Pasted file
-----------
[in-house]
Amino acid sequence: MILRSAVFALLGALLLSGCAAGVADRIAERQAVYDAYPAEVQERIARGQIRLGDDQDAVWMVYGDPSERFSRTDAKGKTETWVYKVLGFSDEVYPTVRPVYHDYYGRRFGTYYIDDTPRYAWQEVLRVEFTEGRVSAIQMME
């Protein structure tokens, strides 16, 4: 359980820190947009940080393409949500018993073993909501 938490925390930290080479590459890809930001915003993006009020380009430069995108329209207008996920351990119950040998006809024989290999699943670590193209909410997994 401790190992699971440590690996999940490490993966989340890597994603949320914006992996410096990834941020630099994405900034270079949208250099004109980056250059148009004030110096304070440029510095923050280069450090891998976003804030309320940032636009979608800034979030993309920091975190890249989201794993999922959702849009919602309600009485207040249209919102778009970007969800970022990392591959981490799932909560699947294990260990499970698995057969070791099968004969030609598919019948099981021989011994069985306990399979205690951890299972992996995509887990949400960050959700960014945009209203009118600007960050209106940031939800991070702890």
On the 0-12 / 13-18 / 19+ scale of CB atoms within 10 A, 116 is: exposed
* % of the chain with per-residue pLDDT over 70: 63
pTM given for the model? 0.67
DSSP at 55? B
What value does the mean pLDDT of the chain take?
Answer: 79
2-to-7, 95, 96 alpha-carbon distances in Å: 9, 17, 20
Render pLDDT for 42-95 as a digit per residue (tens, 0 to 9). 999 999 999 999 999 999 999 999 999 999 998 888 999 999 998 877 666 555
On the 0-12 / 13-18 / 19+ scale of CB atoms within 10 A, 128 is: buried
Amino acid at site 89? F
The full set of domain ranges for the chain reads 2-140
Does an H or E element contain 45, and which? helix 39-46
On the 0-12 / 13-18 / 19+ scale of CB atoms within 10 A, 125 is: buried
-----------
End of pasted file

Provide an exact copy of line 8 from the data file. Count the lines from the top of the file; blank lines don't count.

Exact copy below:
What value does the mean pLDDT of the chain take?